• Jet in Carina print

Jet in Carina

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The Carina Nebula is a large bright nebula, composed of gas and dust, lies at an estimated distance of between 6,500 and 10,000 lightyears from Earth. The pillar is three lightyears in length, with the total length of the column of about 10 lightyears and astronomers estimating that the jet is moving at speeds of up to 850,000 miles an hour.

NASA’s Hubble Space Telescope image, taken in visible light, shows an eerie pillar of gas and dust. It is the birthplace and incubator for infant stars and is bathed in a majestic glow of colour and luminosity, but what it doesn’t show is the driving, dynamic, scorching radiation and furious winds sculpting the pillar. Streamers of gas and dust can be seen flowing off the top of the structure.

Considering this galaxy is so faint and is barely visible to all but the largest telescopes, Hubble has given us the opportunity to wonder and observe unparalleled detail across many different wavelengths with unequalled resolution. Slowly the secrets of the Universe are being uncovered, one by one.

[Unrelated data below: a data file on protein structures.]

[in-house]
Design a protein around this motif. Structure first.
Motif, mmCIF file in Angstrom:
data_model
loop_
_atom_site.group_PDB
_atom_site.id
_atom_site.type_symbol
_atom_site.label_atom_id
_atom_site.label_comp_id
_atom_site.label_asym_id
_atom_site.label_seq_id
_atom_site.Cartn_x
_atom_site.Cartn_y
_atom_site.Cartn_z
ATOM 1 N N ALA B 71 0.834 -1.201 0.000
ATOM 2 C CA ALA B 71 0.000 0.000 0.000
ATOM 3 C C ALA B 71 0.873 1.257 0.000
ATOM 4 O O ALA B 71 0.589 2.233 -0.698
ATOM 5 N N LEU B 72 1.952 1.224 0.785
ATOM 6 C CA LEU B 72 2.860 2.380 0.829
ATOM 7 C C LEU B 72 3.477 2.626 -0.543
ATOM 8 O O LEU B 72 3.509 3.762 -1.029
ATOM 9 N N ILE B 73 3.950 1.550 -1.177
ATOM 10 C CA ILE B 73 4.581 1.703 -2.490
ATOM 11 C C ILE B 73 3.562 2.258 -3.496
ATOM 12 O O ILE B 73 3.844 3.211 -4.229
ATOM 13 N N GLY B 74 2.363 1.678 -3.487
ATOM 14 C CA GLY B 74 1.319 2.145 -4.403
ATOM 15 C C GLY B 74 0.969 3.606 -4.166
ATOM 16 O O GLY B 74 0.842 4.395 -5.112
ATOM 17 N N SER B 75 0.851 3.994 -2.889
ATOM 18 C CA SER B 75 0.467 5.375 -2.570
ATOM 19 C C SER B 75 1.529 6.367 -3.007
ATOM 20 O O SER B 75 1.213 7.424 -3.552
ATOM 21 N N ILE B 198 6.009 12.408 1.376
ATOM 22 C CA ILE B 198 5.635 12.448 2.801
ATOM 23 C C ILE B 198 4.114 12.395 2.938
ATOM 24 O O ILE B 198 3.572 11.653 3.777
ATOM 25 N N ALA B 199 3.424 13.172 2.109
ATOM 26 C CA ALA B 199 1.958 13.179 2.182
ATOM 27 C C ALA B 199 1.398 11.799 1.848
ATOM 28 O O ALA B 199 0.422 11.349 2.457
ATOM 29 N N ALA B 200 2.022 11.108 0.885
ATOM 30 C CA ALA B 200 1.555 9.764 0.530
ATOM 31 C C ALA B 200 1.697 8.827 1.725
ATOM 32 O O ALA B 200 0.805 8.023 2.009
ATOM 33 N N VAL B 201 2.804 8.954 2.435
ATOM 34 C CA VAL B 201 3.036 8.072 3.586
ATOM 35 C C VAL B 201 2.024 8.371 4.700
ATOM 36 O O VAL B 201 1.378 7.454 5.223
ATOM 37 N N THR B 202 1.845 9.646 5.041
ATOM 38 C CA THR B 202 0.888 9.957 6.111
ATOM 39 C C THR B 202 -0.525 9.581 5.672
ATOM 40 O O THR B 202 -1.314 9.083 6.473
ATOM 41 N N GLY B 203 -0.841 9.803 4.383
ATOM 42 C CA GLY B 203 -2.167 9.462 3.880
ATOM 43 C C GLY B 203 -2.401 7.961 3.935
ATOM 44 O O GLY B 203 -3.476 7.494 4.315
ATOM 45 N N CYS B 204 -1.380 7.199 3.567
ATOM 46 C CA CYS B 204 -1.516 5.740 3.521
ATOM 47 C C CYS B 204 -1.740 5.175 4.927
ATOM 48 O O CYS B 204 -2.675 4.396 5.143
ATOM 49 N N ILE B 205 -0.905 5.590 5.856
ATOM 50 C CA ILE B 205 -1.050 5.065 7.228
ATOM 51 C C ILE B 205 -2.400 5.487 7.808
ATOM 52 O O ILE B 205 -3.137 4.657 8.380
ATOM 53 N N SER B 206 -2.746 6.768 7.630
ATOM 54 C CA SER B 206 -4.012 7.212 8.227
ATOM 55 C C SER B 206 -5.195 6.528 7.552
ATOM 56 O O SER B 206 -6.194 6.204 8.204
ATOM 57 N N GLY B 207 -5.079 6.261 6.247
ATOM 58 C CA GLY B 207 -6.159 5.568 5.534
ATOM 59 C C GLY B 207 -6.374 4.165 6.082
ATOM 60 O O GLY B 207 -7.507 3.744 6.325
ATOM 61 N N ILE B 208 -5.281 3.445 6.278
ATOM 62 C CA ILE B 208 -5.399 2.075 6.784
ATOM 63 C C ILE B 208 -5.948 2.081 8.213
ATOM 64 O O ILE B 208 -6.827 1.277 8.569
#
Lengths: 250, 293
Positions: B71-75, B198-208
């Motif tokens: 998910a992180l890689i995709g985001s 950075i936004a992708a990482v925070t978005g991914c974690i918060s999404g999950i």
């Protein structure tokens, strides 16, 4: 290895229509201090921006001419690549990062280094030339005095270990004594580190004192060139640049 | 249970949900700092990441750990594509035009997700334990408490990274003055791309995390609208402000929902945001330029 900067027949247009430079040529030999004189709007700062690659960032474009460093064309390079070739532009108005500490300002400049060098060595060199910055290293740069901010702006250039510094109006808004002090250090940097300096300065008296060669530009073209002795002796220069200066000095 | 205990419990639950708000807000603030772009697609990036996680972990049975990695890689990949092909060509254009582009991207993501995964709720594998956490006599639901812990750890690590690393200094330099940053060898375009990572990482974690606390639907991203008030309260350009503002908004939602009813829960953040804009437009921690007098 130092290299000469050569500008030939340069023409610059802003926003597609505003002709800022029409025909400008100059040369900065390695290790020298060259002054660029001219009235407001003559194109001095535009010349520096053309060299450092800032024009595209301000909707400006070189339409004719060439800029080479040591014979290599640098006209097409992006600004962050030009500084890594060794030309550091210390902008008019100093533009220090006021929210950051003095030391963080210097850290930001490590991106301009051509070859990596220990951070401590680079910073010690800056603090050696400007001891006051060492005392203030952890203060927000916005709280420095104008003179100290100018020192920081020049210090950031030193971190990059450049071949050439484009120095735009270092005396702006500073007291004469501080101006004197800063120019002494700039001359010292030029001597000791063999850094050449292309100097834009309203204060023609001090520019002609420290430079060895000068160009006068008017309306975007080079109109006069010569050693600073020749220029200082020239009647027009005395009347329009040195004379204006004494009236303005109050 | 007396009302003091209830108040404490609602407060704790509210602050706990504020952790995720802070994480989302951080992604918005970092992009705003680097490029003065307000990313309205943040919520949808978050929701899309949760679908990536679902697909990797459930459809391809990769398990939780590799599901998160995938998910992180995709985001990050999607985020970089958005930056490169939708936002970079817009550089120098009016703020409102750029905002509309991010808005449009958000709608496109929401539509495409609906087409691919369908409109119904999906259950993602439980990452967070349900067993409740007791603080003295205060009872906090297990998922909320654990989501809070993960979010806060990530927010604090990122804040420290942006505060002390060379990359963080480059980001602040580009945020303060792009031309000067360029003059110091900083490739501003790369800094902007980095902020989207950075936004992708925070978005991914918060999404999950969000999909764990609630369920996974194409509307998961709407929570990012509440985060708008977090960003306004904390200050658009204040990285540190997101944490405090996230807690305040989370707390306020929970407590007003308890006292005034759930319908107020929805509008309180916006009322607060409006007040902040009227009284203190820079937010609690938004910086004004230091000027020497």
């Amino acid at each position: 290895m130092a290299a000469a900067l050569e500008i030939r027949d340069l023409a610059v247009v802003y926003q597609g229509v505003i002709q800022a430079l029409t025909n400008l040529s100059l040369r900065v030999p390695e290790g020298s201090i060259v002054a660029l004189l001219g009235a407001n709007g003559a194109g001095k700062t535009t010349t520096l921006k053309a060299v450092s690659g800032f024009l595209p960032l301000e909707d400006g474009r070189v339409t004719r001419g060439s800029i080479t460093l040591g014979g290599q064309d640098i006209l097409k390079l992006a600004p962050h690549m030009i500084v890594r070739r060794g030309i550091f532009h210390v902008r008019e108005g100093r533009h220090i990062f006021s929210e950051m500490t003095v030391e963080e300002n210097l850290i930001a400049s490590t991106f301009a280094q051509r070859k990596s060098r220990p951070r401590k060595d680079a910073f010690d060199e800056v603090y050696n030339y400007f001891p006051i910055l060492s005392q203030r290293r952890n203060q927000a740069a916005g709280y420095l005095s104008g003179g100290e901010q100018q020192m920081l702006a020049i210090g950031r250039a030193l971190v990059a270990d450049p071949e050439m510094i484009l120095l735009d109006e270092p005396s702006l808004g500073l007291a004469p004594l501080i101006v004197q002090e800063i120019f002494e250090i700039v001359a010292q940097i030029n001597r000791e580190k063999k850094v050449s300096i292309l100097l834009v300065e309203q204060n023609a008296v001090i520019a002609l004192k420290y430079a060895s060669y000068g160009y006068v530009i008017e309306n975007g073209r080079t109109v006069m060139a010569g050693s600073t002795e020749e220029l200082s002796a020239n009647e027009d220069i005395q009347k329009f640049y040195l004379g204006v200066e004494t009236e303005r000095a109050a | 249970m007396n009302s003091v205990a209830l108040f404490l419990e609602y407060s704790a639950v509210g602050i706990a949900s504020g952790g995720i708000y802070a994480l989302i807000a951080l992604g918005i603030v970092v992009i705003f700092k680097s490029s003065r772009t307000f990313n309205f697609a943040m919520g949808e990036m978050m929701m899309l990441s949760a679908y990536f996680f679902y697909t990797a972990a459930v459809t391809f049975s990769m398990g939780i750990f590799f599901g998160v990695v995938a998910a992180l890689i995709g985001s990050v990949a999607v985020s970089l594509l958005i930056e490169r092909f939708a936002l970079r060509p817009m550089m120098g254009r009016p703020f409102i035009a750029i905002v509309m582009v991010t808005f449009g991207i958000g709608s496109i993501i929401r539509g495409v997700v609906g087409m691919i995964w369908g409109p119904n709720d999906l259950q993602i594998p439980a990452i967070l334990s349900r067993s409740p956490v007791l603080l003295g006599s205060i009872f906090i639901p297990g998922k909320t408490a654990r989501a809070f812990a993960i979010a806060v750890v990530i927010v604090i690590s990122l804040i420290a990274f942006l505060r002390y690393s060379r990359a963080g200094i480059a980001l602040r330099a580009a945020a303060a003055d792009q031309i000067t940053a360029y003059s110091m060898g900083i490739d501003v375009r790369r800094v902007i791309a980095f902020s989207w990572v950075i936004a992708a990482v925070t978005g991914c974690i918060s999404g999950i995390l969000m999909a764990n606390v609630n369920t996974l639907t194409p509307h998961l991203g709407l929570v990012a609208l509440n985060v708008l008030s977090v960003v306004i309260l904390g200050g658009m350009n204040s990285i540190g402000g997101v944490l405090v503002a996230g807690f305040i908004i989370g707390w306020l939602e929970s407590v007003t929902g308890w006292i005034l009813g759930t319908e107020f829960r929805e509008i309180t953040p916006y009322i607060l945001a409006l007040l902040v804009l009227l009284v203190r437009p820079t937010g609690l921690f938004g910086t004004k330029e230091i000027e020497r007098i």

The distances in space are unimaginably vast beyond human comprehension. The farthest objects ever viewed were photographed by the Hubble Space Telescope and are thought to be about 12 billion (with a ‘b’) lightyears away. Is it possible to comprehend the sheer immensity of this? ..or to imagine what lies beyond!

Our nearest star is Alpha Centauri, a triple-star system that is visible from the southern hemisphere, four lightyears away. The Voyager spacecraft, travelling at 40,000mph would take 70,000 years to reach that particular star…

… the Carina Nebula is 10,000 lightyears away!

Enjoy the view; it may not be there anymore!

“Imagination will often carry us to worlds that never were. But without it we go nowhere.” – Carl Sagan

Pigment inks on 271gsm satin paper, professionally hand-bonded onto a 5mm cast acrylic panel. Currently available in two sizes:

  • 24″ (w) × 24″ (h)
  • 12″ (w) × 12″ (h)

Each acrylic print comes ready to hang.

FREE delivery.

Credit: NASA, ESA, and the Hubble SM4 ERO Team